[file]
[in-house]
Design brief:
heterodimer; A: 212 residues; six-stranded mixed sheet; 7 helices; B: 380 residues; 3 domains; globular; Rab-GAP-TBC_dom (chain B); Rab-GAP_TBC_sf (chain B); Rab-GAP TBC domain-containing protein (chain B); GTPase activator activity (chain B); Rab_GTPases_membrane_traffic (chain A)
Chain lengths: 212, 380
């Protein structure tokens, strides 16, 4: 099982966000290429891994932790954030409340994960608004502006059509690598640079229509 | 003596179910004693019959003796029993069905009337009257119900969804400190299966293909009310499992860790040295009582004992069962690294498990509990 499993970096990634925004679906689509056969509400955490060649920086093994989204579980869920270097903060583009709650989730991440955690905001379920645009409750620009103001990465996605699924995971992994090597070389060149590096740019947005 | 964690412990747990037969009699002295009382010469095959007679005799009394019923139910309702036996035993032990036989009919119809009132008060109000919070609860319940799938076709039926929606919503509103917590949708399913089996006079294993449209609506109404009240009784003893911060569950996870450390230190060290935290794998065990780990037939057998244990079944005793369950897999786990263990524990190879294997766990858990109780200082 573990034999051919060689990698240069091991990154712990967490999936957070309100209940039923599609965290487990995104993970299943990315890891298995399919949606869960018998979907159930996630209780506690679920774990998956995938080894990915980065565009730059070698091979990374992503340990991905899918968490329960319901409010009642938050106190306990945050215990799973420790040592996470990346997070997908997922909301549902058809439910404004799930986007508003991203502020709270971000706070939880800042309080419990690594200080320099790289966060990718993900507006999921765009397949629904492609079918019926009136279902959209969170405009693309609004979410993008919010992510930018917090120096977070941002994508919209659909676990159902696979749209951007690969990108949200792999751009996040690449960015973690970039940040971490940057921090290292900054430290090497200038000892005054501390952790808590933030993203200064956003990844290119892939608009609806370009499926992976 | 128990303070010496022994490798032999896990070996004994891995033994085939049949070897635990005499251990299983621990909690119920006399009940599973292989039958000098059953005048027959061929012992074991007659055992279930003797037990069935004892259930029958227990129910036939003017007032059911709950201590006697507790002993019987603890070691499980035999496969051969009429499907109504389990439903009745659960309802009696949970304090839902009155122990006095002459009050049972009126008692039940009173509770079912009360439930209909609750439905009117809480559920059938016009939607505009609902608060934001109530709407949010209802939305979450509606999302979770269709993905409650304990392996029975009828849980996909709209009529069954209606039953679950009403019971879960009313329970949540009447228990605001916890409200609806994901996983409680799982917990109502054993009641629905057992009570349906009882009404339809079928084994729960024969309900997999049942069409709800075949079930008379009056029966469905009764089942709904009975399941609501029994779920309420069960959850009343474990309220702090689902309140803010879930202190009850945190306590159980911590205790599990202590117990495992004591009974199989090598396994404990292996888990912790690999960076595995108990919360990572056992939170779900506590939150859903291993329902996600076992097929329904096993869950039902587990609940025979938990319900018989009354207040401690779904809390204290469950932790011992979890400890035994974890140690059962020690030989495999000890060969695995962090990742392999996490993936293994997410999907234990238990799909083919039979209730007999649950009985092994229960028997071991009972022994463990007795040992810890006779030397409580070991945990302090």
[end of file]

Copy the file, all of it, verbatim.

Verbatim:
[in-house]
Design brief:
heterodimer; A: 212 residues; six-stranded mixed sheet; 7 helices; B: 380 residues; 3 domains; globular; Rab-GAP-TBC_dom (chain B); Rab-GAP_TBC_sf (chain B); Rab-GAP TBC domain-containing protein (chain B); GTPase activator activity (chain B); Rab_GTPases_membrane_traffic (chain A)
Chain lengths: 212, 380
């Protein structure tokens, strides 16, 4: 099982966000290429891994932790954030409340994960608004502006059509690598640079229509 | 003596179910004693019959003796029993069905009337009257119900969804400190299966293909009310499992860790040295009582004992069962690294498990509990 499993970096990634925004679906689509056969509400955490060649920086093994989204579980869920270097903060583009709650989730991440955690905001379920645009409750620009103001990465996605699924995971992994090597070389060149590096740019947005 | 964690412990747990037969009699002295009382010469095959007679005799009394019923139910309702036996035993032990036989009919119809009132008060109000919070609860319940799938076709039926929606919503509103917590949708399913089996006079294993449209609506109404009240009784003893911060569950996870450390230190060290935290794998065990780990037939057998244990079944005793369950897999786990263990524990190879294997766990858990109780200082 573990034999051919060689990698240069091991990154712990967490999936957070309100209940039923599609965290487990995104993970299943990315890891298995399919949606869960018998979907159930996630209780506690679920774990998956995938080894990915980065565009730059070698091979990374992503340990991905899918968490329960319901409010009642938050106190306990945050215990799973420790040592996470990346997070997908997922909301549902058809439910404004799930986007508003991203502020709270971000706070939880800042309080419990690594200080320099790289966060990718993900507006999921765009397949629904492609079918019926009136279902959209969170405009693309609004979410993008919010992510930018917090120096977070941002994508919209659909676990159902696979749209951007690969990108949200792999751009996040690449960015973690970039940040971490940057921090290292900054430290090497200038000892005054501390952790808590933030993203200064956003990844290119892939608009609806370009499926992976 | 128990303070010496022994490798032999896990070996004994891995033994085939049949070897635990005499251990299983621990909690119920006399009940599973292989039958000098059953005048027959061929012992074991007659055992279930003797037990069935004892259930029958227990129910036939003017007032059911709950201590006697507790002993019987603890070691499980035999496969051969009429499907109504389990439903009745659960309802009696949970304090839902009155122990006095002459009050049972009126008692039940009173509770079912009360439930209909609750439905009117809480559920059938016009939607505009609902608060934001109530709407949010209802939305979450509606999302979770269709993905409650304990392996029975009828849980996909709209009529069954209606039953679950009403019971879960009313329970949540009447228990605001916890409200609806994901996983409680799982917990109502054993009641629905057992009570349906009882009404339809079928084994729960024969309900997999049942069409709800075949079930008379009056029966469905009764089942709904009975399941609501029994779920309420069960959850009343474990309220702090689902309140803010879930202190009850945190306590159980911590205790599990202590117990495992004591009974199989090598396994404990292996888990912790690999960076595995108990919360990572056992939170779900506590939150859903291993329902996600076992097929329904096993869950039902587990609940025979938990319900018989009354207040401690779904809390204290469950932790011992979890400890035994974890140690059962020690030989495999000890060969695995962090990742392999996490993936293994997410999907234990238990799909083919039979209730007999649950009985092994229960028997071991009972022994463990007795040992810890006779030397409580070991945990302090």